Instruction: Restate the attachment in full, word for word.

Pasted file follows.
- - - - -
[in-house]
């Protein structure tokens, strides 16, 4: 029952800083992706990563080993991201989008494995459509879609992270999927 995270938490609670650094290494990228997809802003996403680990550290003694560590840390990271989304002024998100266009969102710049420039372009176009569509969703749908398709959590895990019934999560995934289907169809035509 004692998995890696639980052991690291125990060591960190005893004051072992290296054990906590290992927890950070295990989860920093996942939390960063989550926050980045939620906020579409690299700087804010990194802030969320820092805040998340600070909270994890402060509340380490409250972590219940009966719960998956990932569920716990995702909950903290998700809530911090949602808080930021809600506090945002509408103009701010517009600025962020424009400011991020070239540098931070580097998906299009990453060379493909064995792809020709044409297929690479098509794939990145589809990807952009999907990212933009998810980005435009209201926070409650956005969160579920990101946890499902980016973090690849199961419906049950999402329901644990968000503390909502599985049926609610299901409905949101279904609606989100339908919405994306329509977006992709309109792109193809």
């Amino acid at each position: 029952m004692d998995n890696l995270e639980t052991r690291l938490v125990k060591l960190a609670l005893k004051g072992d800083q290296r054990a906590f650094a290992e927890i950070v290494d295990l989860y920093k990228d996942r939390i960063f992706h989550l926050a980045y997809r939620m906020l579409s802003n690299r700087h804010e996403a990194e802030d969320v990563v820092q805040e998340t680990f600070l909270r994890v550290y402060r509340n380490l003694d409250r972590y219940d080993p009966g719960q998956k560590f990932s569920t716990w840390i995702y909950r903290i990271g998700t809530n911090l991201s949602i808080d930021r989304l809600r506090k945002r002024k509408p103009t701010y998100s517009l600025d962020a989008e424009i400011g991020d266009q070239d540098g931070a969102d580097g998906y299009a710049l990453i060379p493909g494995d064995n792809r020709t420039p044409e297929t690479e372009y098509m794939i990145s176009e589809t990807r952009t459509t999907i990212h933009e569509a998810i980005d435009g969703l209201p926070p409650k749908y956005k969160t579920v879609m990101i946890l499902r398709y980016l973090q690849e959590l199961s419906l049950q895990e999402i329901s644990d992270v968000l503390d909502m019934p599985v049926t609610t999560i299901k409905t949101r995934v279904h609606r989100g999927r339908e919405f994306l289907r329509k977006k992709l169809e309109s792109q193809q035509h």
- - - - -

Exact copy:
[in-house]
């Protein structure tokens, strides 16, 4: 029952800083992706990563080993991201989008494995459509879609992270999927 995270938490609670650094290494990228997809802003996403680990550290003694560590840390990271989304002024998100266009969102710049420039372009176009569509969703749908398709959590895990019934999560995934289907169809035509 004692998995890696639980052991690291125990060591960190005893004051072992290296054990906590290992927890950070295990989860920093996942939390960063989550926050980045939620906020579409690299700087804010990194802030969320820092805040998340600070909270994890402060509340380490409250972590219940009966719960998956990932569920716990995702909950903290998700809530911090949602808080930021809600506090945002509408103009701010517009600025962020424009400011991020070239540098931070580097998906299009990453060379493909064995792809020709044409297929690479098509794939990145589809990807952009999907990212933009998810980005435009209201926070409650956005969160579920990101946890499902980016973090690849199961419906049950999402329901644990968000503390909502599985049926609610299901409905949101279904609606989100339908919405994306329509977006992709309109792109193809």
């Amino acid at each position: 029952m004692d998995n890696l995270e639980t052991r690291l938490v125990k060591l960190a609670l005893k004051g072992d800083q290296r054990a906590f650094a290992e927890i950070v290494d295990l989860y920093k990228d996942r939390i960063f992706h989550l926050a980045y997809r939620m906020l579409s802003n690299r700087h804010e996403a990194e802030d969320v990563v820092q805040e998340t680990f600070l909270r994890v550290y402060r509340n380490l003694d409250r972590y219940d080993p009966g719960q998956k560590f990932s569920t716990w840390i995702y909950r903290i990271g998700t809530n911090l991201s949602i808080d930021r989304l809600r506090k945002r002024k509408p103009t701010y998100s517009l600025d962020a989008e424009i400011g991020d266009q070239d540098g931070a969102d580097g998906y299009a710049l990453i060379p493909g494995d064995n792809r020709t420039p044409e297929t690479e372009y098509m794939i990145s176009e589809t990807r952009t459509t999907i990212h933009e569509a998810i980005d435009g969703l209201p926070p409650k749908y956005k969160t579920v879609m990101i946890l499902r398709y980016l973090q690849e959590l199961s419906l049950q895990e999402i329901s644990d992270v968000l503390d909502m019934p599985v049926t609610t999560i299901k409905t949101r995934v279904h609606r989100g999927r339908e919405f994306l289907r329509k977006k992709l169809e309109s792109q193809q035509h």